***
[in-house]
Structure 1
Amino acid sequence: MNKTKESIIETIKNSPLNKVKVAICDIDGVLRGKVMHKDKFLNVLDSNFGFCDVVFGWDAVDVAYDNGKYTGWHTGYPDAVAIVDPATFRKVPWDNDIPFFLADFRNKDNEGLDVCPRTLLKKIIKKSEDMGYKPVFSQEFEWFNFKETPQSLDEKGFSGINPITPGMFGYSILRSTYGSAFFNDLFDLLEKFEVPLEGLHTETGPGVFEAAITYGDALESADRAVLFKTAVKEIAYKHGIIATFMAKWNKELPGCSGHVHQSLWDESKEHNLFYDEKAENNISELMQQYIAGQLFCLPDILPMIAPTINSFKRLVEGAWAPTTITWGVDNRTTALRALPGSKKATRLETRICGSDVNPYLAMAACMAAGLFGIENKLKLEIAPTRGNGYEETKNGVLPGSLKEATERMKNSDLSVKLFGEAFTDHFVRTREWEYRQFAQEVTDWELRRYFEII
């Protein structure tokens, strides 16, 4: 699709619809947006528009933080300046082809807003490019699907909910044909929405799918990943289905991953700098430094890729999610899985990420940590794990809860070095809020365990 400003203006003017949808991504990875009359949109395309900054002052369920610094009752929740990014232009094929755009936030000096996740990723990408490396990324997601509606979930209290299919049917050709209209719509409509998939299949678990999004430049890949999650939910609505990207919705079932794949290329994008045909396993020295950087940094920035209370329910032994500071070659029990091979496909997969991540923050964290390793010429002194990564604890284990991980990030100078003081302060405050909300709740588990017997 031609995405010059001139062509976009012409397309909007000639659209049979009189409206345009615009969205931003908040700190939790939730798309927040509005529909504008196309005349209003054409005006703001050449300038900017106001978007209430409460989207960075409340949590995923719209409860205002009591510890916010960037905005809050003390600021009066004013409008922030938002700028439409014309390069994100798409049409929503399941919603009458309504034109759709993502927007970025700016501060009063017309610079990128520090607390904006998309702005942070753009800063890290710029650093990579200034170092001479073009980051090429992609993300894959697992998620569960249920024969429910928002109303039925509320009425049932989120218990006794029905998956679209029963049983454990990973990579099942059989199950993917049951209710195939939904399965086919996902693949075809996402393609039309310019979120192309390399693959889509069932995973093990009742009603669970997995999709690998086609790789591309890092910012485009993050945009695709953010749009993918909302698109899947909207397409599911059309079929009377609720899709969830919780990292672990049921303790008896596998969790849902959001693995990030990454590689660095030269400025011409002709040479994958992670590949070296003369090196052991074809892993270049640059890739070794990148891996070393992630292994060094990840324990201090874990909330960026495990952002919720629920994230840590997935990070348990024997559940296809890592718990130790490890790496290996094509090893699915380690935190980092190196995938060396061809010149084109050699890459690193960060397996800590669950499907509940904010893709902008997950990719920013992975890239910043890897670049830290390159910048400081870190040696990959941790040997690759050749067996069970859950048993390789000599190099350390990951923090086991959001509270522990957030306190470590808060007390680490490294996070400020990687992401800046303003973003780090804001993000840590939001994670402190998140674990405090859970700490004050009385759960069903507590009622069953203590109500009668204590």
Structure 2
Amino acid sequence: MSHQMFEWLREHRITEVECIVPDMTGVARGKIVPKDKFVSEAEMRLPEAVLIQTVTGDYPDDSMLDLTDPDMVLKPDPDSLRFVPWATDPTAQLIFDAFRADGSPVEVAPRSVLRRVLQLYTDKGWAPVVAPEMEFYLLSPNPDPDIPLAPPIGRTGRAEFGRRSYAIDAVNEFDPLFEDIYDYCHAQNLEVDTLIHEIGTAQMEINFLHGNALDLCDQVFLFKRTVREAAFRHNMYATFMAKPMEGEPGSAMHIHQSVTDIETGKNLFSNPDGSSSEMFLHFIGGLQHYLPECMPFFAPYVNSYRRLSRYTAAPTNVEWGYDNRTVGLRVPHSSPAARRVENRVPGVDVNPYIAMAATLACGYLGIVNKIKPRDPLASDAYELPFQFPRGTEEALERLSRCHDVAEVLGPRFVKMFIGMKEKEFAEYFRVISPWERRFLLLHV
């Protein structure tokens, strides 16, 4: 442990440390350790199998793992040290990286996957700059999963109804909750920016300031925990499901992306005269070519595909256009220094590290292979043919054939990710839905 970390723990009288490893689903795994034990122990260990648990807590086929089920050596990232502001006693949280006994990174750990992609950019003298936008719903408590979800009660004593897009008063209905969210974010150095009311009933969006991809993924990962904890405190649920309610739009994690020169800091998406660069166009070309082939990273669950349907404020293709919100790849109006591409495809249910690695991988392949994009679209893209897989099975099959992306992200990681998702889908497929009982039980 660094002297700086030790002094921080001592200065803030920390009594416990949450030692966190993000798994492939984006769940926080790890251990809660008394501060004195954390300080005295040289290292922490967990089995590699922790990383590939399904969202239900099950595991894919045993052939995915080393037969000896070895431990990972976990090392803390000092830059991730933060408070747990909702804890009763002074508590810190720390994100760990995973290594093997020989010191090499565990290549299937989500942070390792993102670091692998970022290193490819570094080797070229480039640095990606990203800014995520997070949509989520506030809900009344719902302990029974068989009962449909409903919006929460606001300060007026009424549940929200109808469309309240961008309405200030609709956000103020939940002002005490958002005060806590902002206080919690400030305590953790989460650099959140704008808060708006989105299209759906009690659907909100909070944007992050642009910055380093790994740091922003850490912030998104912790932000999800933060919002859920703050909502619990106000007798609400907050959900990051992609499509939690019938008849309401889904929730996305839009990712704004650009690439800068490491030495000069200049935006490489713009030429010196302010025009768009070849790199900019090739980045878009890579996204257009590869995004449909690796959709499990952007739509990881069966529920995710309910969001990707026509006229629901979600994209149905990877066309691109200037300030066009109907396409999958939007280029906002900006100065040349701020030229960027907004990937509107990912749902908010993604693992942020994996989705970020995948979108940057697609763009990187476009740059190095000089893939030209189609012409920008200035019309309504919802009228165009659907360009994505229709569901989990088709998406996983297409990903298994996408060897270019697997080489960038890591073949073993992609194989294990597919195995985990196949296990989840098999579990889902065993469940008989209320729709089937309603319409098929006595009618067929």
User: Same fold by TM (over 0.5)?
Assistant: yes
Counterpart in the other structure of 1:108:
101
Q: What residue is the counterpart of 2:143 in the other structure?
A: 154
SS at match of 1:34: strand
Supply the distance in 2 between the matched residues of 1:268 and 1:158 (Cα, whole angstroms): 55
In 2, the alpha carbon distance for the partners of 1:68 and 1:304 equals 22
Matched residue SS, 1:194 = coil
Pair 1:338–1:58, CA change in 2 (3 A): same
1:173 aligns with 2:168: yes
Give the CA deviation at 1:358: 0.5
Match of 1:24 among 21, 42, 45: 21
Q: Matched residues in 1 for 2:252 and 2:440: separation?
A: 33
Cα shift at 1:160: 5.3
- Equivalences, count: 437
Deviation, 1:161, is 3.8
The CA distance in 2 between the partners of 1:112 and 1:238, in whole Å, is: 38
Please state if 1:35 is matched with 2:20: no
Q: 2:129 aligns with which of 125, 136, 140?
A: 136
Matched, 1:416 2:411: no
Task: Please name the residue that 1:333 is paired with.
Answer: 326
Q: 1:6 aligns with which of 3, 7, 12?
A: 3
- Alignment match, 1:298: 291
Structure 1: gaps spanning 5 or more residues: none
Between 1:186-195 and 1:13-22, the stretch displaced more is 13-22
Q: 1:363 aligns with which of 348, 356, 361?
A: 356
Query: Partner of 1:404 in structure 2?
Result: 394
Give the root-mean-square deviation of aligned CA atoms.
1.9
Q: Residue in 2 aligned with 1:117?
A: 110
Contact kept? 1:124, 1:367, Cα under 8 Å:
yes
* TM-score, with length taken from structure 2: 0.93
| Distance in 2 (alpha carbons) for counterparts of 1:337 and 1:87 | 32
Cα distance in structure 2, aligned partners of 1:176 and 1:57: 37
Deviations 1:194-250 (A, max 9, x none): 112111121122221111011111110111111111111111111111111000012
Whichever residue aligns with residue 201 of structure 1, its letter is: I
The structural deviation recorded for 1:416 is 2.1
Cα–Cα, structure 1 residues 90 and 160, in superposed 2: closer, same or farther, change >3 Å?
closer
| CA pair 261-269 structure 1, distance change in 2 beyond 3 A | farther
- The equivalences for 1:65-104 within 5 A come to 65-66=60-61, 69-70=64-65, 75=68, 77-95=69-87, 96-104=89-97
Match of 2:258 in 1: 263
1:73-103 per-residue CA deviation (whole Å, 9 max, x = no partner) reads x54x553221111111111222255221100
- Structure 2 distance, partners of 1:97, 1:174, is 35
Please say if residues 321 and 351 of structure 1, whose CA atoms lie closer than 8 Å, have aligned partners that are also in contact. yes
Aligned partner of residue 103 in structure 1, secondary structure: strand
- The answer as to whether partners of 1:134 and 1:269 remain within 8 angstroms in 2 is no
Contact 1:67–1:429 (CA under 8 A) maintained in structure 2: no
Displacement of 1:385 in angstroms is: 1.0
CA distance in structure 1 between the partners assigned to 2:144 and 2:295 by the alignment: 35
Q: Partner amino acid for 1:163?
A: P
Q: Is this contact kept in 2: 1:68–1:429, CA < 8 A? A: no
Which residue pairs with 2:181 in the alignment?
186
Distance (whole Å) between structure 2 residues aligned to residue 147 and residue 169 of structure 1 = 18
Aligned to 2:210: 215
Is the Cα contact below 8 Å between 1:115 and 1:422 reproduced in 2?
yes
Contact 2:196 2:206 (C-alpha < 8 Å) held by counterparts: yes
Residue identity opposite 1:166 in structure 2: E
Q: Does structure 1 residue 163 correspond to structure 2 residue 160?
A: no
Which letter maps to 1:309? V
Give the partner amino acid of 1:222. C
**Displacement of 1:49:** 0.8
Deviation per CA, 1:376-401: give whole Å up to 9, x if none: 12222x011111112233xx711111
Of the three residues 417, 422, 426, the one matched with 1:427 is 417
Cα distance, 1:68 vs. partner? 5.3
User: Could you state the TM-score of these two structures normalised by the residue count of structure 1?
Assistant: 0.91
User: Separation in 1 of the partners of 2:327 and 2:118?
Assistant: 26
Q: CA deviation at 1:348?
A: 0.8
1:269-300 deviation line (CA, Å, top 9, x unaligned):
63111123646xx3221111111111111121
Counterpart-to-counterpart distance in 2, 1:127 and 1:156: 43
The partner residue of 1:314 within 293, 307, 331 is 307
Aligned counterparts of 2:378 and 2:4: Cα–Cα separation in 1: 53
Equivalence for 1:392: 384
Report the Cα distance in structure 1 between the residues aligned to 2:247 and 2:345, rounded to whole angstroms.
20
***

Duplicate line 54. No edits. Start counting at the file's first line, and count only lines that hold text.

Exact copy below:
The structural deviation recorded for 1:416 is 2.1